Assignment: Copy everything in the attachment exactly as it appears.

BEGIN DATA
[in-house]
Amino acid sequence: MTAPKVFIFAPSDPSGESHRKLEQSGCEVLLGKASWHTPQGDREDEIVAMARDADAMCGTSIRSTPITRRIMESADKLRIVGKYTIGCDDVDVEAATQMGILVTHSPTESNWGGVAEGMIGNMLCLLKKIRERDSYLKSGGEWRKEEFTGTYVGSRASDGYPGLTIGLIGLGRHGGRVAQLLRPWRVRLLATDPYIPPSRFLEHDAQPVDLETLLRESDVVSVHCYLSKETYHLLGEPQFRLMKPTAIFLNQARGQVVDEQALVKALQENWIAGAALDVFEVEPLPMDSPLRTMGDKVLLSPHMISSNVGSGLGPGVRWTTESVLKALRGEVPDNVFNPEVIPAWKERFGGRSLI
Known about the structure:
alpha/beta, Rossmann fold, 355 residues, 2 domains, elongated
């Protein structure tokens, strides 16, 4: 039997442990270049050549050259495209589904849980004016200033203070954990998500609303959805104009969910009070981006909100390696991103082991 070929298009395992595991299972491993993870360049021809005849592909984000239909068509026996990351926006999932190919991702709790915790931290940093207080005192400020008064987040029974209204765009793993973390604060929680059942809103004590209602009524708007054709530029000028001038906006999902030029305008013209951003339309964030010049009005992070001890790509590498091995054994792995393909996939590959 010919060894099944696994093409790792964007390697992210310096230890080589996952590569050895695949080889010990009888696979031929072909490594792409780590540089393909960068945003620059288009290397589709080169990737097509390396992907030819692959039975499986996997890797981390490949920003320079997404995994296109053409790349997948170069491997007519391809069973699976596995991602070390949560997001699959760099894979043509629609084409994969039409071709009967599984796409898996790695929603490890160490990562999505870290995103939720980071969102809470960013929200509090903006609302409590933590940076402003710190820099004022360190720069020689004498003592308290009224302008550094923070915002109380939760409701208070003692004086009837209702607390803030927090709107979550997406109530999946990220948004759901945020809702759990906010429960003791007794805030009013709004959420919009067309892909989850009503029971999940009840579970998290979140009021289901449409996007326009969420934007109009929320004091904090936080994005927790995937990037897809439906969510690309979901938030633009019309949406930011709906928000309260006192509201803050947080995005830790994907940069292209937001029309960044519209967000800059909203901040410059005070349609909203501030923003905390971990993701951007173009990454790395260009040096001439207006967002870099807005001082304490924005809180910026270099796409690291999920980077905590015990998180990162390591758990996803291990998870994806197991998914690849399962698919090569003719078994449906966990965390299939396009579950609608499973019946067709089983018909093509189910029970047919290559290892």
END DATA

[in-house]
Amino acid sequence: MTAPKVFIFAPSDPSGESHRKLEQSGCEVLLGKASWHTPQGDREDEIVAMARDADAMCGTSIRSTPITRRIMESADKLRIVGKYTIGCDDVDVEAATQMGILVTHSPTESNWGGVAEGMIGNMLCLLKKIRERDSYLKSGGEWRKEEFTGTYVGSRASDGYPGLTIGLIGLGRHGGRVAQLLRPWRVRLLATDPYIPPSRFLEHDAQPVDLETLLRESDVVSVHCYLSKETYHLLGEPQFRLMKPTAIFLNQARGQVVDEQALVKALQENWIAGAALDVFEVEPLPMDSPLRTMGDKVLLSPHMISSNVGSGLGPGVRWTTESVLKALRGEVPDNVFNPEVIPAWKERFGGRSLI
Known about the structure:
alpha/beta, Rossmann fold, 355 residues, 2 domains, elongated
């Protein structure tokens, strides 16, 4: 039997442990270049050549050259495209589904849980004016200033203070954990998500609303959805104009969910009070981006909100390696991103082991 070929298009395992595991299972491993993870360049021809005849592909984000239909068509026996990351926006999932190919991702709790915790931290940093207080005192400020008064987040029974209204765009793993973390604060929680059942809103004590209602009524708007054709530029000028001038906006999902030029305008013209951003339309964030010049009005992070001890790509590498091995054994792995393909996939590959 010919060894099944696994093409790792964007390697992210310096230890080589996952590569050895695949080889010990009888696979031929072909490594792409780590540089393909960068945003620059288009290397589709080169990737097509390396992907030819692959039975499986996997890797981390490949920003320079997404995994296109053409790349997948170069491997007519391809069973699976596995991602070390949560997001699959760099894979043509629609084409994969039409071709009967599984796409898996790695929603490890160490990562999505870290995103939720980071969102809470960013929200509090903006609302409590933590940076402003710190820099004022360190720069020689004498003592308290009224302008550094923070915002109380939760409701208070003692004086009837209702607390803030927090709107979550997406109530999946990220948004759901945020809702759990906010429960003791007794805030009013709004959420919009067309892909989850009503029971999940009840579970998290979140009021289901449409996007326009969420934007109009929320004091904090936080994005927790995937990037897809439906969510690309979901938030633009019309949406930011709906928000309260006192509201803050947080995005830790994907940069292209937001029309960044519209967000800059909203901040410059005070349609909203501030923003905390971990993701951007173009990454790395260009040096001439207006967002870099807005001082304490924005809180910026270099796409690291999920980077905590015990998180990162390591758990996803291990998870994806197991998914690849399962698919090569003719078994449906966990965390299939396009579950609608499973019946067709089983018909093509189910029970047919290559290892």